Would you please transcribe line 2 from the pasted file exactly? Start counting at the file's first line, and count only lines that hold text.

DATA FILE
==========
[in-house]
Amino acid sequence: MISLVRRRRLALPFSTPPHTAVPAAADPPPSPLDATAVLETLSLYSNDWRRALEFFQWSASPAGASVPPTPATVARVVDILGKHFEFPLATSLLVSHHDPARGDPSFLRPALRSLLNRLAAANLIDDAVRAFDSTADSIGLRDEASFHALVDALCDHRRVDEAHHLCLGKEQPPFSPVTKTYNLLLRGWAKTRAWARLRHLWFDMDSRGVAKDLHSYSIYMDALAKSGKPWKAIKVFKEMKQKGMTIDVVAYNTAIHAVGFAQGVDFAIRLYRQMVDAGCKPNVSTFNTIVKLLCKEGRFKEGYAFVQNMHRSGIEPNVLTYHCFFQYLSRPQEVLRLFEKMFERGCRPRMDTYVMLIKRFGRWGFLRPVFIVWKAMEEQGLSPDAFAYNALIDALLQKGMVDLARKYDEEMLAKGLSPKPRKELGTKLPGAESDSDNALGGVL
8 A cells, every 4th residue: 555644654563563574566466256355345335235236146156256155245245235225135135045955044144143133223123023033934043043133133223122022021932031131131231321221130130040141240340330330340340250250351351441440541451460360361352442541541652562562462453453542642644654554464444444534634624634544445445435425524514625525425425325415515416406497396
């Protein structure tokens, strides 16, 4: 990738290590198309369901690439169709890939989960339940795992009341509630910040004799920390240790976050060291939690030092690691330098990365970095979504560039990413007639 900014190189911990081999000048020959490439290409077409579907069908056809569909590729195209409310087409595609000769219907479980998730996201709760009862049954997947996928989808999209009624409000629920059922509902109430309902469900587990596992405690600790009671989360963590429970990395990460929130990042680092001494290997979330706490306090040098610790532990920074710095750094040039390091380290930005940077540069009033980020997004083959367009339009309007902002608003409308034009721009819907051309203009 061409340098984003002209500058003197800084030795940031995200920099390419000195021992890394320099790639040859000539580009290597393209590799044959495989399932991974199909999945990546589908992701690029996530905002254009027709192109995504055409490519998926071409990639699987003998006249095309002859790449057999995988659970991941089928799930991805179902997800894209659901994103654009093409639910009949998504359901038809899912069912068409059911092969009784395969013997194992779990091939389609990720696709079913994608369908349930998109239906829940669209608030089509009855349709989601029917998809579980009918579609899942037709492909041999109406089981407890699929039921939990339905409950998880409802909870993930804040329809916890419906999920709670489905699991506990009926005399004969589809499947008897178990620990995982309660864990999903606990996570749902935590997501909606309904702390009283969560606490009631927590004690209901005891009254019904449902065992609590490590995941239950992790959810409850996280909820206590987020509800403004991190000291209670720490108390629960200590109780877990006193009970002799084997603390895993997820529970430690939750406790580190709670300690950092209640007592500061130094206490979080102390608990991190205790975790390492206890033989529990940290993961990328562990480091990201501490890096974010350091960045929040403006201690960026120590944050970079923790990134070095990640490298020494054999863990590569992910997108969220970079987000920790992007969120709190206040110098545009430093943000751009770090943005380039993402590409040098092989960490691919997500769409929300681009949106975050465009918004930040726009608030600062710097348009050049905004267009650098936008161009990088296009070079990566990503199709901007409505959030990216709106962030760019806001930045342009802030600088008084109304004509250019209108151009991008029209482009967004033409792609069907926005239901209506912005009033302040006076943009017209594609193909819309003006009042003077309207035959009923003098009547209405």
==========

Amino acid sequence: MISLVRRRRLALPFSTPPHTAVPAAADPPPSPLDATAVLETLSLYSNDWRRALEFFQWSASPAGASVPPTPATVARVVDILGKHFEFPLATSLLVSHHDPARGDPSFLRPALRSLLNRLAAANLIDDAVRAFDSTADSIGLRDEASFHALVDALCDHRRVDEAHHLCLGKEQPPFSPVTKTYNLLLRGWAKTRAWARLRHLWFDMDSRGVAKDLHSYSIYMDALAKSGKPWKAIKVFKEMKQKGMTIDVVAYNTAIHAVGFAQGVDFAIRLYRQMVDAGCKPNVSTFNTIVKLLCKEGRFKEGYAFVQNMHRSGIEPNVLTYHCFFQYLSRPQEVLRLFEKMFERGCRPRMDTYVMLIKRFGRWGFLRPVFIVWKAMEEQGLSPDAFAYNALIDALLQKGMVDLARKYDEEMLAKGLSPKPRKELGTKLPGAESDSDNALGGVL